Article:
25 Most Fun in-Game College Football Traditions
College football is at its best when their fans are on their feet jumping for joy and screaming at the top of their lungs.
We have gone over the best game day experiences already, but we have not mentioned the best in-game traditions.
Anything before or after the game would not be considered in-game since it must be when the game is technically being played.
Obviously, when the game is in between quarters or at halftime, that would still count as an in-game tradition.
There are hundreds of traditions that we have seen every fall Saturday, but here are your top 25 most fun in-game traditions of college football.
Note: Howard's Rock, for example, would not count since it is before kickoff. Alma mater songs are after the game, so they, too, would not count. Feel free to shout out your personal favorite if it did not make the list. There are no rankings here.
Michigan: 'Seven Nation Army'
Everybody knows about Michigan’s Go Blue Banner and "Hail to the Victors," but in terms of when the game is underway, there may not be many stadiums that get put into a frenzy like The Big House does.
During their night game this past season against Notre Dame, Michigan’s stadium was truly electric. The fans were on their feet practically the entire game, and it was a thrill just to watch from our couches.
Wisconsin: 'Jump Around'
One of the elite atmospheres in the Big Ten and in all of America, Wisconsin knows how to party.
Game-day experiences are amazing, but once certain games get underway, the atmosphere dies down a bit.
That is not the case in Camp Randall, especially when the third quarter comes to a conclusion. “Jump Around” is one of the greatest in-game traditions in the sport.
Florida State: Warchant/Tomahawk Chop
The Florida State band is solid during the game, but the fans love nothing more than doing the old FSU tomahawk chop.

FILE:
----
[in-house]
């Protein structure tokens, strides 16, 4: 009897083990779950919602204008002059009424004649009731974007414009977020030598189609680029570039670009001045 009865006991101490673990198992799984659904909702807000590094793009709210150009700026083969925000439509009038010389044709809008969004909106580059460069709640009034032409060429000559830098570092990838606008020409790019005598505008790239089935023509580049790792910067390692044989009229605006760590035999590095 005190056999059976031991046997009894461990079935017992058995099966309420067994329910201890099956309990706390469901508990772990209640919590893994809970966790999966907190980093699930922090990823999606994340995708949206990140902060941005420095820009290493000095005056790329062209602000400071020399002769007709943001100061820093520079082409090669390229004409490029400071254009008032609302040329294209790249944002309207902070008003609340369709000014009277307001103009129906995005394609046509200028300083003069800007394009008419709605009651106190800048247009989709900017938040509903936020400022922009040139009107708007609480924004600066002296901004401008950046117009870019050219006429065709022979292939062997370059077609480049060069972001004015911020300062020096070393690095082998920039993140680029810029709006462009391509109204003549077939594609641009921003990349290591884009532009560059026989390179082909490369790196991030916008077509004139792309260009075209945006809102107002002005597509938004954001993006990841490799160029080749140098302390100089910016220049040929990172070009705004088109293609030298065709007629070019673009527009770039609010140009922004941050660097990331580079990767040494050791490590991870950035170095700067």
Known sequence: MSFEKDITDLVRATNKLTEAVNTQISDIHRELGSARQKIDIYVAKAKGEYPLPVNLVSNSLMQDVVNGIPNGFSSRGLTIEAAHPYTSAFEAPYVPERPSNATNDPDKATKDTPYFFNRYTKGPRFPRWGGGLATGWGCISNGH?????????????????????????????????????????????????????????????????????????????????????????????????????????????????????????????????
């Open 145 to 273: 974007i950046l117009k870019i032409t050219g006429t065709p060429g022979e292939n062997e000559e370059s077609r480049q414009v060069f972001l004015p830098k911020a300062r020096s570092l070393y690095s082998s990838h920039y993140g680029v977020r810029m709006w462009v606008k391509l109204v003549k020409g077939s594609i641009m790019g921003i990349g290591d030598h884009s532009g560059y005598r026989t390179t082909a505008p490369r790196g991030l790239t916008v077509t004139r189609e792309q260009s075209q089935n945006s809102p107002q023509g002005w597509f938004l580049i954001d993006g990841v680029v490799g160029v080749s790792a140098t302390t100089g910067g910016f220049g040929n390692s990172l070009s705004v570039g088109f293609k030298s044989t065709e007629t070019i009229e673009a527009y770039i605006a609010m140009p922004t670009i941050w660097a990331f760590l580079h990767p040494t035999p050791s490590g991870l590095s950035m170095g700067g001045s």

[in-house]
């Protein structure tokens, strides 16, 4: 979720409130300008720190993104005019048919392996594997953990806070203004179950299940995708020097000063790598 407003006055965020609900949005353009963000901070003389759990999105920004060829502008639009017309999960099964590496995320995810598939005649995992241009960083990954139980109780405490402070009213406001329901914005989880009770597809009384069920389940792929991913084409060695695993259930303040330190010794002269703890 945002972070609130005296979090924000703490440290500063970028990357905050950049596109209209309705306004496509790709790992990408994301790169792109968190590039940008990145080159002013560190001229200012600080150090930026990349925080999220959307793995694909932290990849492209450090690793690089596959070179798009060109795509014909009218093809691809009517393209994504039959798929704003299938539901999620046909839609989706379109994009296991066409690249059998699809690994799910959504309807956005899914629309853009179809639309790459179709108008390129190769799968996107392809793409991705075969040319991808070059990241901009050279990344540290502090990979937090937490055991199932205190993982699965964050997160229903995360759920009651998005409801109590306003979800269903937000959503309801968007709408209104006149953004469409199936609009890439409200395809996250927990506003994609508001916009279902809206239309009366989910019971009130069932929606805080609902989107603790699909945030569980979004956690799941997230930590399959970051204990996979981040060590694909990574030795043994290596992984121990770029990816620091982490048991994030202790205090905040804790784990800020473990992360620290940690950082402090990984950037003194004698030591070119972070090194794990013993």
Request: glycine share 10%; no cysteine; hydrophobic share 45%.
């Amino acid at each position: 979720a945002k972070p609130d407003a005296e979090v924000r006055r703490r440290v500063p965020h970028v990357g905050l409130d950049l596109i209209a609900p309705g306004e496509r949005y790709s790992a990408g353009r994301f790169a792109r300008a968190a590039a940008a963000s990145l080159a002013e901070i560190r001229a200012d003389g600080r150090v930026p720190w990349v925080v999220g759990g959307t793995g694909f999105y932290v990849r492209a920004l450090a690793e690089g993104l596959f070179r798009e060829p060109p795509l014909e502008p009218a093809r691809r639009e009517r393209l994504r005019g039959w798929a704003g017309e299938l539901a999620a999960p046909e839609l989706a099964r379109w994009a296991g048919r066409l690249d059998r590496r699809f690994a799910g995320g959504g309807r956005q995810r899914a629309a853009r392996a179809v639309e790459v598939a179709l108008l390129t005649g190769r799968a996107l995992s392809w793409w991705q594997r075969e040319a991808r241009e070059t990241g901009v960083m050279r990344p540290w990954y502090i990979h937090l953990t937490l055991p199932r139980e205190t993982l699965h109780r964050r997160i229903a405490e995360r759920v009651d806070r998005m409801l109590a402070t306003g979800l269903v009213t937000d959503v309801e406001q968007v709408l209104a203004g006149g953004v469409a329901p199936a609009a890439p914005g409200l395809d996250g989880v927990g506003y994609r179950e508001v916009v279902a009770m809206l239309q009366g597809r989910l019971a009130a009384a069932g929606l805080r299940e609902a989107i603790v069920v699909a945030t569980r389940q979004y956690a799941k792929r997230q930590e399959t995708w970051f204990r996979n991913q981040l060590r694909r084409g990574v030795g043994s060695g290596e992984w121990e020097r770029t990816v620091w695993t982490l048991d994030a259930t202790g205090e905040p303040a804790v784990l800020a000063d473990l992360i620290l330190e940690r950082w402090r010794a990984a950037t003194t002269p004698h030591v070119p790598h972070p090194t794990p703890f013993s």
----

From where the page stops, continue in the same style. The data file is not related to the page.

We see the Atlanta Braves use the hand gesture full of tradition at Turner Field, but the Seminoles' student section is more impressive showing it off at the Doak in front of 80,000-plus screaming fans (especially during night games).
Florida: Gator Chomp/'We Are the Boys from Old Florida'
The Gator Chomp is one of the better and more recognizable chants in all of sports. The Seminoles have their tomahawk chop, but the Gators are right there with that darn addictive Gator bait.
Life in the Swamp is not always enjoyable because not only is it loud, but the opposition can expect to feel as if they are getting eaten alive by real gators.
Also, do not forget that when the third quarter comes to an end, the singing of “We Are the Boys from Old Florida,” one of the best songs, takes place, to which the entire stadium sways together in unison (the song is believed to have originated in the 1920s).
Texas: Hook ‘Em Horns
Many argue the Longhorns have the best celebratory hand signal in all of sports. Just screaming, “Hook ‘Em” means so much down in Austin, but it is being used all around the country.
Whether you despise Texas and use the downward Hook ‘Em (if you happen to be a Boomer Sooner) or if you just try out the hand signal on for size, it is rather popular.